That’s what I’ve got so far, and it’s by no means clean or polished and certainly up for debate. Like everything to do with writing, I’m learning as I go. Without the people that I meet online, or the podcasts and blogs that I follow with their myriad of tips and helpful information I wouldn’t be nearly as far along as I am.
It will likely take several more books to streamline and work it out for myself, and that’s a good thing, because it lends to my whole solution to the “Acknowledgements” problem: Write and publish enough books to cover everyone. It’s going to take at least 20-30 books.
– Grimm
P.S. I was originally going to list and link some of the blogs and Twitter folks that I follow but I’ve decided against it in this particular post, as many of the tips and information comes from multiple sources and it would just be a mess. Instead I’m looking to add a people/links bar to the already overcrowded right hand bar once I clean some stuff up.

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Filed under BookB, Character, Discovery Writing, family, Grammar/Spelling, Learning, Outline Writing, Real Life™, Story Elements, Twitter, Validation

External Validation!

This is something really important, and whether it’s ego, or lack of ego (no one will accuse me of that), external validation is something I (and I’m sure other writers) crave.

It’s a small part of the driving force that makes me (us?) write, and continue to write.  Recently, well, earlier this week, I sent my pitch to Kat Ellis for her to critique in advance of #HLandS (Hook Line and Sinker).  What I received as a response has pretty much made my week.  Here’s an actual writer validating my pitch!  Despite the fact that I may, or may not, have alluded to her being either a crazy cat lady, or one of the crazy cat lady’s cats in a previous blog post.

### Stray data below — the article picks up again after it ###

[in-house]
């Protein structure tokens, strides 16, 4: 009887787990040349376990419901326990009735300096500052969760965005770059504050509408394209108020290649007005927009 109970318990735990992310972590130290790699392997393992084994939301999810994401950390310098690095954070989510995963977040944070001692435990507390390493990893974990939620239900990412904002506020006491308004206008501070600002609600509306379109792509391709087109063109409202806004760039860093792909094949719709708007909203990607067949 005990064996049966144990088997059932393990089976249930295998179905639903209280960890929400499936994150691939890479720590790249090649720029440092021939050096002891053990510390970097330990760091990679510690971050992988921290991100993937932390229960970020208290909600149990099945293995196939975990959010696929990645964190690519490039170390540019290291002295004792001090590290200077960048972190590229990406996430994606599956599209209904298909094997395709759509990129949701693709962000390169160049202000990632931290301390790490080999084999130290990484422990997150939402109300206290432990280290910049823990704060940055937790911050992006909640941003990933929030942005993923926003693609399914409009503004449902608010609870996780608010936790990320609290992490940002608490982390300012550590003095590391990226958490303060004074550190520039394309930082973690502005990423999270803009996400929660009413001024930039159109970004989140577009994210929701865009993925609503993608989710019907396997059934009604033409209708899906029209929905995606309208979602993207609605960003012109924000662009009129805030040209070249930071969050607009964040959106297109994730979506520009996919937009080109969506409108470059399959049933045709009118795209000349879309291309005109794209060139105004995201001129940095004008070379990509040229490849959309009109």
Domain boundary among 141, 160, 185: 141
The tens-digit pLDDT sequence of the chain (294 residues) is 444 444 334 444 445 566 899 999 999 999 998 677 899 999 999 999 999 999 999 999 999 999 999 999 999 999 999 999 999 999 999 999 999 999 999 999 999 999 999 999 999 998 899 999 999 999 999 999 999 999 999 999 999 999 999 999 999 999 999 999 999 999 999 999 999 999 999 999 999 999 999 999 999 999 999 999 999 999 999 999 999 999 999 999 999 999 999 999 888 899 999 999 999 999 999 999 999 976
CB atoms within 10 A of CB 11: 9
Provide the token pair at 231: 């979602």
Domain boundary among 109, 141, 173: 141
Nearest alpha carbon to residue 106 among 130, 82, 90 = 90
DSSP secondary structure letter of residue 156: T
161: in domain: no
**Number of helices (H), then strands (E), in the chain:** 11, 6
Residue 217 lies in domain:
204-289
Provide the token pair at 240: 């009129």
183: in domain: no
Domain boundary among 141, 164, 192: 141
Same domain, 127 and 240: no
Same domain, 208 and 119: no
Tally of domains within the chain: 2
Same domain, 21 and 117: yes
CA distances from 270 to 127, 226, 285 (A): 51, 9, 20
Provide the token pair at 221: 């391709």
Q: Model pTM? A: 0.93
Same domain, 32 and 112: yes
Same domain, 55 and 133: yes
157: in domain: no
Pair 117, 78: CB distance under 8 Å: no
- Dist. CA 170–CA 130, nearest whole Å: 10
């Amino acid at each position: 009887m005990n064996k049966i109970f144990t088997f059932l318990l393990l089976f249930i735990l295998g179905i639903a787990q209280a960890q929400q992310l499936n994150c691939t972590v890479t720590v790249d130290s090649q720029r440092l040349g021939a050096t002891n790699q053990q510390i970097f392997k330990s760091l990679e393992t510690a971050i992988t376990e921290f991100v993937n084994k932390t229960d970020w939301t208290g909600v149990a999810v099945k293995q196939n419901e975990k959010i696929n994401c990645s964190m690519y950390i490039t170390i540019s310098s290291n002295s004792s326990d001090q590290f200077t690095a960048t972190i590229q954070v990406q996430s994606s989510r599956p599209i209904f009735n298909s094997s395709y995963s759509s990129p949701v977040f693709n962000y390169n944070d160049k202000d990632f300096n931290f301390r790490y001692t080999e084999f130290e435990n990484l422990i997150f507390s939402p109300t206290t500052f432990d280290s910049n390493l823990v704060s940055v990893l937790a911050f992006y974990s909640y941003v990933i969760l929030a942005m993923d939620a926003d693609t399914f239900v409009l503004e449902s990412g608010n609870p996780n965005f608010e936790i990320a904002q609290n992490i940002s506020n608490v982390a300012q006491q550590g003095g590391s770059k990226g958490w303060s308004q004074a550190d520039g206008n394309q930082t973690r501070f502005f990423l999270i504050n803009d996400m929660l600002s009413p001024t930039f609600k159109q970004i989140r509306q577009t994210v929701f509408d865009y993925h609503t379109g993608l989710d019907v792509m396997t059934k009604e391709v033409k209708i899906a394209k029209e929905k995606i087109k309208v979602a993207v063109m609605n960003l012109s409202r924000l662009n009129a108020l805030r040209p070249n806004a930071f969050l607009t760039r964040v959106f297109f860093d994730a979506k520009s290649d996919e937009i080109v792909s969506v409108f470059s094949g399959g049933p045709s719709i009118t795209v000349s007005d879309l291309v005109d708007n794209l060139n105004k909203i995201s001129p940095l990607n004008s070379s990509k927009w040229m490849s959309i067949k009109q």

Again, as I said on Twitter, Thank you Kat!

The rest of the motivation for writing, at least in my case, is to have my stories read.  As much as I enjoy writing them, I don’t think they really live until someone puts fresh eyes on them and breathes life into them in their imagination.  Well, that and money, I’d love to get paid to write.

As for my writing tonight, even though I feel like I’ve been hit by a mid-sized truck (got a nice head/chest cold going on) I pushed out just over 1200 words in about an hour and a half this evening.  That puts me on good pace for NaNoWriMo next month if I can keep it up.  Now that I have my Outline “complete” that shouldn’t be too much of a problem.

If you’re unfamiliar with NaNoWriMo  it stands for National Novel Writing Month, and it’s the month of November every year.  The goal of NaNo is to write 50,000 words of Fiction in the 30 days that constitute November.  I participated in my first NaNo last year and won with just over 24 hours left.

Out of that NaNo came the basic skeleton of BookB, which has been slowly getting a full rewrite in the year since.  In fact, all that I can really say remains is a few key plot points, some of the characters, and the comforting sense that I can actually do this.  Which is really the best part of it all.

Anyway, taking my sick butt to bed.

G’night!

– Grimm

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Filed under BookB, Contest, Learning, NaNoWriMo, Outline Writing, Pitch, Real Life™, Validation